Ancient Patterns for Newfangled Times I: Creation (Matt Bartlett)
In a world of perceived chaos and crisis, how do we find meaning and hope? This new series looks to the archetypal narratives of the Old Testament to find the repatterning to which St Paul calls us in Romans 12.1-2.
In this opening sermon, Matthew Bartlett explores the rich patterning of Genesis 1, and how it points us to the central place that humanity holds in God's creative intention. How can knowing this place, and living out of it, help us to live in a time when most people feel, as WB Yeats said, that "the centre cannot hold"?
Genesis 1; Luke 24.13-27 ; John 1.1-8
The Church VI: Giving (Sam Jackson)
What does God call us to give to the life of the church? And why? In this sermon, Sam exhorts us to see all we have as gift from God, such that it's easier both to give and to receive. And might that not encourage us to give a whole lot more?
2 Corinthians 8.1-15
Stand, Sit, Kneel and ... Raise Hands? The Church's Worship (The Church V) (Tim McKenzie)
If worship is about offering our whole lives to God (Romans 12.1-2), what's so special about worship services? Can't we just worship Monday to Friday, and get a sleep-in on Sunday?
Mega Church, Micro Church and Loving Church (The Church IV) (Tim McKenzie)
In Episode IV of this series on The Church, Tim goes off lectionary to outline the kind of behaviour Paul expects of Christian communities. If a church is too big to tease the vicar, does it mean it's too big?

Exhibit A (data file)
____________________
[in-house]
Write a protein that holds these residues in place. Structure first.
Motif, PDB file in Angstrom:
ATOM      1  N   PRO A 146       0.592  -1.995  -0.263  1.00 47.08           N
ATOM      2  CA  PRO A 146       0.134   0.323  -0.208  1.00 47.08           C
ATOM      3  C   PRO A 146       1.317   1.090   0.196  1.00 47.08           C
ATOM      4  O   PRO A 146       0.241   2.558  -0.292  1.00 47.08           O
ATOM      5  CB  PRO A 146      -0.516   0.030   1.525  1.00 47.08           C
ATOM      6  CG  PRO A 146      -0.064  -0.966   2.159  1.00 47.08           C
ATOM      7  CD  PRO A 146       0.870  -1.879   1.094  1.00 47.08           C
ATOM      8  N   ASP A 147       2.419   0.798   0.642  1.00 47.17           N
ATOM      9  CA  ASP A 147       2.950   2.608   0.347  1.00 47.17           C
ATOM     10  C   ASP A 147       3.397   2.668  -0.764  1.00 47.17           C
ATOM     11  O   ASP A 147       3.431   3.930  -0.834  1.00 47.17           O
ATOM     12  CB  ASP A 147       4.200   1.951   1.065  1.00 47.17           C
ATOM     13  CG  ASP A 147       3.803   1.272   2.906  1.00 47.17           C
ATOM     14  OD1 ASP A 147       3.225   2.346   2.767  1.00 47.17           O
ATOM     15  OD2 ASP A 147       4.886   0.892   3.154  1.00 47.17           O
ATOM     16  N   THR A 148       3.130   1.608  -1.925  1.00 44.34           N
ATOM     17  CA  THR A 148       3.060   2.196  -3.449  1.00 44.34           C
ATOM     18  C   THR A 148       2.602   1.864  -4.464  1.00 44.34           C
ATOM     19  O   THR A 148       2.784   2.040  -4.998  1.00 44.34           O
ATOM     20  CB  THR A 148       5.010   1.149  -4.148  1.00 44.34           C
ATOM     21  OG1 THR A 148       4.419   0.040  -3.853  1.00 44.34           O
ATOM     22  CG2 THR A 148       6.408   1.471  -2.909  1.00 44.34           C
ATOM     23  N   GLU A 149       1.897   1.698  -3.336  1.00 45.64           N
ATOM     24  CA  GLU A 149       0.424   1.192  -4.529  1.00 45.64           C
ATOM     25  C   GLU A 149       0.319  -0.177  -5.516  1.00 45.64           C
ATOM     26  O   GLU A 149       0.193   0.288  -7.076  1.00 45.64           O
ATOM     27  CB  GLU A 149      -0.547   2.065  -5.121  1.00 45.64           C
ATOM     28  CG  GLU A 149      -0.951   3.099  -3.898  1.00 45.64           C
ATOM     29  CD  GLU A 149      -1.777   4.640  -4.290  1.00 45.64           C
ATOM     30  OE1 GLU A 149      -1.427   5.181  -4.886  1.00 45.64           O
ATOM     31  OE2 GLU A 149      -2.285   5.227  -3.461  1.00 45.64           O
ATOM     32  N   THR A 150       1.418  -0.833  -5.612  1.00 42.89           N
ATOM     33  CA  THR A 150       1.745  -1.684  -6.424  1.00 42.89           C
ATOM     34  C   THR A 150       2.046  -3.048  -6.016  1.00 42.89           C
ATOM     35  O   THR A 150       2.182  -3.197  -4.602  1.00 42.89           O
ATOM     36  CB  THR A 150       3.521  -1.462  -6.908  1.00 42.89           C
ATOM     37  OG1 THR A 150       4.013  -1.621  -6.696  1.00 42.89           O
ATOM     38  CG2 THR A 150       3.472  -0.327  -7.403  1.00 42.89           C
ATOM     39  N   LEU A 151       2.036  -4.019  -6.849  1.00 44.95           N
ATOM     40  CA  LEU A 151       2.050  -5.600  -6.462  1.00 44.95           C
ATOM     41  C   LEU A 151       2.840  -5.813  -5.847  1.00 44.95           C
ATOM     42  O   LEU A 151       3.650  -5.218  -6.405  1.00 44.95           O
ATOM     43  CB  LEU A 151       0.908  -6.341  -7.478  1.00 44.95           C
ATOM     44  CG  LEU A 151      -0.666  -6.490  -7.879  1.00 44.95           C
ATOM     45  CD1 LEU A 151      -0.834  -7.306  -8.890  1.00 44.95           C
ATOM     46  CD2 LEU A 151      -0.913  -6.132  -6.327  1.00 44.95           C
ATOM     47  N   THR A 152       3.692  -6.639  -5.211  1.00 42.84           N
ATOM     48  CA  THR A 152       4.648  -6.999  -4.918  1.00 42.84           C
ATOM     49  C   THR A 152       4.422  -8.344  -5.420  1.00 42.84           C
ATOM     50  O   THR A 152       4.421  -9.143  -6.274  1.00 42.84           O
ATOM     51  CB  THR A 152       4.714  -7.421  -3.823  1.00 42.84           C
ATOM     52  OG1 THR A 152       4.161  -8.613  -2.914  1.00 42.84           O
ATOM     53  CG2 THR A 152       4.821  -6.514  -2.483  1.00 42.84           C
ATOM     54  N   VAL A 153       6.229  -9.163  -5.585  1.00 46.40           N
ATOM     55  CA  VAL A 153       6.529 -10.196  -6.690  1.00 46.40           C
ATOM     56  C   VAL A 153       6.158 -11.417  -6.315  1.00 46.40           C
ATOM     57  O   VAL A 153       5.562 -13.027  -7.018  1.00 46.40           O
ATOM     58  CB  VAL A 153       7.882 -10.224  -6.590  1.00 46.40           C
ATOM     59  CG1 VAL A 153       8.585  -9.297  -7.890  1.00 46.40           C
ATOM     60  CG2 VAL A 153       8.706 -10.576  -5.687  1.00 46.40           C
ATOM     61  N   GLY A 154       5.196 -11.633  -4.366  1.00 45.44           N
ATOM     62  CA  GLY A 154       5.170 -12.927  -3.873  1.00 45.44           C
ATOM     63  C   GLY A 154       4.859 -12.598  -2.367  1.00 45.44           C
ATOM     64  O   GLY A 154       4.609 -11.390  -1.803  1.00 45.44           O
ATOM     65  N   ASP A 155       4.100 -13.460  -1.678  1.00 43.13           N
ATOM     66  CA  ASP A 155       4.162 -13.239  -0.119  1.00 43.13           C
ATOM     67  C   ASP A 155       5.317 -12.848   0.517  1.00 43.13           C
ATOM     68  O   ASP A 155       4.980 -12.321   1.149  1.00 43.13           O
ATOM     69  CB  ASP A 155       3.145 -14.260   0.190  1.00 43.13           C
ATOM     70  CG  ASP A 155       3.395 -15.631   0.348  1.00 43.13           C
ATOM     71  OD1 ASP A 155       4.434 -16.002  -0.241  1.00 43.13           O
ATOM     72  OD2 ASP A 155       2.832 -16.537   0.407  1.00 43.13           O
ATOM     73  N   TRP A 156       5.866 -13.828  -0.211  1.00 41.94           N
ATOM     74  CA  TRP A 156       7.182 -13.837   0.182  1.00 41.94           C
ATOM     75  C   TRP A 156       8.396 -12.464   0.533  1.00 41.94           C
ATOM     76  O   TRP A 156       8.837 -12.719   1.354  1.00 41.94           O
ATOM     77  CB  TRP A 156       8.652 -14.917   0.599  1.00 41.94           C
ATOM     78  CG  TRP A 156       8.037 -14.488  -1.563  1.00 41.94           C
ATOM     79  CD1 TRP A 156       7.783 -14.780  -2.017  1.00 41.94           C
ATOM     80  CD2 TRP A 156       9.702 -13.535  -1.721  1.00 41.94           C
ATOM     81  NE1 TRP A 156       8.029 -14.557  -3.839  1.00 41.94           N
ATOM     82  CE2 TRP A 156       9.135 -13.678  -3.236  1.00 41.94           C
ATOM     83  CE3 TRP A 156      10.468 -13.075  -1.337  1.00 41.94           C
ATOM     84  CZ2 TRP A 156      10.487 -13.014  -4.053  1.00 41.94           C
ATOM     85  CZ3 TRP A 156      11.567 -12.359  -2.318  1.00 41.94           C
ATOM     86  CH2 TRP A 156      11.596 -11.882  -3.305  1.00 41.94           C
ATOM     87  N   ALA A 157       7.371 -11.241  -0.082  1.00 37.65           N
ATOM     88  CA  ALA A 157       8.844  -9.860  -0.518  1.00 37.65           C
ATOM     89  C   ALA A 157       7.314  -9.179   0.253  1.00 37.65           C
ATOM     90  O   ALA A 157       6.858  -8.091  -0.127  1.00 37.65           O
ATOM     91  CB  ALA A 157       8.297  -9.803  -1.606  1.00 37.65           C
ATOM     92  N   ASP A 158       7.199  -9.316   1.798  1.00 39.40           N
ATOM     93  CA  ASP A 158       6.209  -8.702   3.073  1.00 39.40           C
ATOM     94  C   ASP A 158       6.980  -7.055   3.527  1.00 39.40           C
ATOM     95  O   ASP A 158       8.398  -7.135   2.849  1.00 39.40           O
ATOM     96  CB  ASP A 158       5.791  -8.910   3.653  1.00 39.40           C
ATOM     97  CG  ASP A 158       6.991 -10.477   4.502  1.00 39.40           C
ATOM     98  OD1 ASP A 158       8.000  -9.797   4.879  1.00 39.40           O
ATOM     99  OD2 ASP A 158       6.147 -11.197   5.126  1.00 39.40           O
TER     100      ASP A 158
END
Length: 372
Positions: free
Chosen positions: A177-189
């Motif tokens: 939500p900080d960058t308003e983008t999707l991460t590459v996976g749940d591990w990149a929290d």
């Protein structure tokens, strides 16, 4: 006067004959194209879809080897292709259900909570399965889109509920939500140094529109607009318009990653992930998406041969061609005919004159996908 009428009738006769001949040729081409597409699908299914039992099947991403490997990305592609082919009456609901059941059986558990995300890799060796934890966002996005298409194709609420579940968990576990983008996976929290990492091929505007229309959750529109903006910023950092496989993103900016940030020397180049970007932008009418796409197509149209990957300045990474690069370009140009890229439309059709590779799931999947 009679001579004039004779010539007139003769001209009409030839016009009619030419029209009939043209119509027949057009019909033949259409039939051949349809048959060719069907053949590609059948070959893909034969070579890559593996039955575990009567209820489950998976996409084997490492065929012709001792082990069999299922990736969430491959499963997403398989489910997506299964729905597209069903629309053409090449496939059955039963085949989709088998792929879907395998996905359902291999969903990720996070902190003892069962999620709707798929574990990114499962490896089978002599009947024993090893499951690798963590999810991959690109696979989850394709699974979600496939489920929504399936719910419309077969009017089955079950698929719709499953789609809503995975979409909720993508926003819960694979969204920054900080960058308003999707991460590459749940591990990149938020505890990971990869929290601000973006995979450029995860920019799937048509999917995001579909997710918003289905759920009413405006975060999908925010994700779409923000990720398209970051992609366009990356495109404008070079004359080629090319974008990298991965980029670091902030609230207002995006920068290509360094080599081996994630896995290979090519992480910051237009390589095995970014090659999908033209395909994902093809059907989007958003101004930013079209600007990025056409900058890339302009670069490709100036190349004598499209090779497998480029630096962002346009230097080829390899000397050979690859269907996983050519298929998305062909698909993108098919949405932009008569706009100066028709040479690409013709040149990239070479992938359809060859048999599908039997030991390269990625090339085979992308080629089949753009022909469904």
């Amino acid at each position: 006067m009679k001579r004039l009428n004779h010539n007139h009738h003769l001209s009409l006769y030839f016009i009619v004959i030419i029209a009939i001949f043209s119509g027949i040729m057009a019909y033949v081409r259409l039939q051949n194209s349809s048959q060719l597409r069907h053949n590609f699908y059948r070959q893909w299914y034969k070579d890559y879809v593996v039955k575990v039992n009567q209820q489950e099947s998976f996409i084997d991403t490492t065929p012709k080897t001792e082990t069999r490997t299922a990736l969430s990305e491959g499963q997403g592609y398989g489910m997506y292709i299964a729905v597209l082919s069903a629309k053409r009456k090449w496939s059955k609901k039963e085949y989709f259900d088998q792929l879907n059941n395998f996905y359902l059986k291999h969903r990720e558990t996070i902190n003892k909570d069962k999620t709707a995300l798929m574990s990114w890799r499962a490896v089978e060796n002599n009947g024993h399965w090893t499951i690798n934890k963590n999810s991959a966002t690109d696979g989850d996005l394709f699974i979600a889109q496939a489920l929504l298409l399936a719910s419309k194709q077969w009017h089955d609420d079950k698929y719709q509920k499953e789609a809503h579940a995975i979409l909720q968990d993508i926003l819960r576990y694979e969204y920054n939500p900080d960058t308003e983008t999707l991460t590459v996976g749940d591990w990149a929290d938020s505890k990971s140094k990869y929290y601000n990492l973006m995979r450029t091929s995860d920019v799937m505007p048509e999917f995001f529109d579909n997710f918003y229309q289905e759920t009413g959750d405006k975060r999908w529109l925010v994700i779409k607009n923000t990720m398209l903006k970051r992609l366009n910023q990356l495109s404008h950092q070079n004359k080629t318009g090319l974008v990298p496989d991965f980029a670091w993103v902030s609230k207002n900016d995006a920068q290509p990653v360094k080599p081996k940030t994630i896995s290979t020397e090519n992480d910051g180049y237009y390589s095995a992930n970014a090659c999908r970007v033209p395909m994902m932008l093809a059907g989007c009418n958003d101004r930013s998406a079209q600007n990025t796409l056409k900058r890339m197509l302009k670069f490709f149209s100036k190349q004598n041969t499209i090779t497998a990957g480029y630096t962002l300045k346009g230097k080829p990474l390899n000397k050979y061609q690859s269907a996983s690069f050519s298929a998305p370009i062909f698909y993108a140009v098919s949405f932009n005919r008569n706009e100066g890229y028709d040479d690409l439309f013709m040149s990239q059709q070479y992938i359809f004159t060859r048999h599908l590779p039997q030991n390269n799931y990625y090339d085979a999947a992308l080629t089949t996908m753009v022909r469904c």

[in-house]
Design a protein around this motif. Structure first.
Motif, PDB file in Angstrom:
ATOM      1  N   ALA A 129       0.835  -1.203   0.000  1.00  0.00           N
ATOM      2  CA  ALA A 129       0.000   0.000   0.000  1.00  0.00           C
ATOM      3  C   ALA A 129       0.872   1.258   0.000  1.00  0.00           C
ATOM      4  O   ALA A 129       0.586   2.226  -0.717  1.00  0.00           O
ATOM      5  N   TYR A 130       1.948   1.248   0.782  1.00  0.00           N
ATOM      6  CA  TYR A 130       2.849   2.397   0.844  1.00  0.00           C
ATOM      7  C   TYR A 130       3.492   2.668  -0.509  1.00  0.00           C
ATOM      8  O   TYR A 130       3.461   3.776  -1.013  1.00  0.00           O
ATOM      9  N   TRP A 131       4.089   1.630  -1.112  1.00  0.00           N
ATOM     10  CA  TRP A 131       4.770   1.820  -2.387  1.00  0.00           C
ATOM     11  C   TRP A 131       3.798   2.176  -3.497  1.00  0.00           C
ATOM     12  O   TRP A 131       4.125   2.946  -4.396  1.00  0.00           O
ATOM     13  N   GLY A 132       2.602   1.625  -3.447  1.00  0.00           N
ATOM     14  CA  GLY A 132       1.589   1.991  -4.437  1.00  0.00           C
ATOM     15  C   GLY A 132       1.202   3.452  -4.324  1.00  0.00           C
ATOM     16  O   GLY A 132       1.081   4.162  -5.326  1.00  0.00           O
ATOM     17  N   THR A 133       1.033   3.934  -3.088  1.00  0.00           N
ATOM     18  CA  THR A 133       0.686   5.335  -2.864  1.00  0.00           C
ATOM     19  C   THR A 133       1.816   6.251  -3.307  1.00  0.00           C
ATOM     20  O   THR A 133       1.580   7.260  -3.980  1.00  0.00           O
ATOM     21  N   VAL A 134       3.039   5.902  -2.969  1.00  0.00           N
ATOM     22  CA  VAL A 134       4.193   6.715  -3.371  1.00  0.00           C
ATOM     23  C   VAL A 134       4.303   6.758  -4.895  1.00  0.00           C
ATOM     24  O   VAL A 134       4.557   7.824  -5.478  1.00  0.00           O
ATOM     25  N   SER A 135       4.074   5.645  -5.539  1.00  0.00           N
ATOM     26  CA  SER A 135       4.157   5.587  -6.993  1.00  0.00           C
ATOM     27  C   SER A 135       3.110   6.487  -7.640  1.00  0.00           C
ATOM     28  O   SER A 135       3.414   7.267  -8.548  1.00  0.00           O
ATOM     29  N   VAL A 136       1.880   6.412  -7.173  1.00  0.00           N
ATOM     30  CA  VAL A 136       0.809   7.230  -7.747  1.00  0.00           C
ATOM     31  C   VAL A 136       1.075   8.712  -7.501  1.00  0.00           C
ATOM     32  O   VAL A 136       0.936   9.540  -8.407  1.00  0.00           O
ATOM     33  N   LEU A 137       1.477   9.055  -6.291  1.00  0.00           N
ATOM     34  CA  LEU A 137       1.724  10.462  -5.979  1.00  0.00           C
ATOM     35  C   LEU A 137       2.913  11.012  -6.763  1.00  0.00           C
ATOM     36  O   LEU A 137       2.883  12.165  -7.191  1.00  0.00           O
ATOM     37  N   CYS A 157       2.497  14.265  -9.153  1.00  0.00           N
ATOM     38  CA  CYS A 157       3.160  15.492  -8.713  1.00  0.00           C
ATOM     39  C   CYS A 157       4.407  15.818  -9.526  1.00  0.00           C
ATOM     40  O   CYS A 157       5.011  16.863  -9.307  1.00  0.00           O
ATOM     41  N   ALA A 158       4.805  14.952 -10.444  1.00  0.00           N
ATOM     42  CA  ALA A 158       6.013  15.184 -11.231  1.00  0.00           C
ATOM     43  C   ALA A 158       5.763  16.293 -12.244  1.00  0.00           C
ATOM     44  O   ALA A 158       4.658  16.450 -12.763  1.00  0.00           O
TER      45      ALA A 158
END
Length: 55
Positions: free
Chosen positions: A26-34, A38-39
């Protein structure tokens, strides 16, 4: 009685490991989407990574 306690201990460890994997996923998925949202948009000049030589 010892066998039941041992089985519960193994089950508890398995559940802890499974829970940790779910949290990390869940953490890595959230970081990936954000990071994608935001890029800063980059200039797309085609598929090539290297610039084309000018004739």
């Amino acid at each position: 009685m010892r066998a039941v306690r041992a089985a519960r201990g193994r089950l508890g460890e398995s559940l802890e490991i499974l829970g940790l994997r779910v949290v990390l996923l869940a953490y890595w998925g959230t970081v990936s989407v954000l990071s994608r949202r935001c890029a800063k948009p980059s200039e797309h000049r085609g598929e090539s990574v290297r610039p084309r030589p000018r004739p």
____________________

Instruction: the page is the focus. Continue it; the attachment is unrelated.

Being Church in Aotearoa New Zealand Given te Tiriti: A Sermon for Pouhere Sunday (The Church III) (Alan Cameron)
Anglicans in Aotearoa & Polynesia celebrate Te Pouhere Sunday, the Sunday when we remember the unique 3-Tikanga Constitution of our Anglican Church. Alan Cameron today explores what being people of the Treaty of Waitangi might mean for the Christian church here.
The Encouraging Doctrine of the Trinity (The Church II) (Tim McKenzie)
The series on The Church continues, with this Trinity Sunday exploration of The Trinity & the Church. How does the doctrine of the Trinity empower and encourage us to live and witness as church?
2 Corinthians 13.-11-14
Pentecost: High Hopes for the Birthday of the Church (The Church I) (Jessie Black)
This is the first sermon in a series on The Church, taking its cue from 3 Sundays in the New Zealand lectionary, with 3 bonus sermons on other aspects of Being the Church..
This week, Jessie Black discusses Pentecost as the Birthday of the Church, and probes how to retain hope when our hopes for God to do great things through the church are disappointed.
1 Corinthians 12.3-13
Paul in Athens: Building Bridges through the Arts
Readings for Sixth Sunday of Easter
1 Peter 3.13-22
In this sermon, Rev. Dr. Tim McKenzie follows Paul to Athens, and wonders how his preaching methodology here helps build bridges for the gospel into Athenian culture. Or does it? Tim notes that the people of Athens were a tough crowd; it's one of Paul's least successful preaching gigs in Acts. Might his invocation of Greek poetry and philosophy help us proclaim our faith in secular, 21st C Wellington (supposedly one of the most secular cities in the world)?
Jesus: the Peaceful Way, the Kindly Truth & the Generous Life (John 14.1-14)
Tim preaches from the lectionary readings about Jesus as the Way, the Truth and the Life, with some reference to the Coronation of Charles III along the way. How do we hold Jesus as the centre, without putting toll gates on the Way, setting exams for the Truth, and rationing out the Way?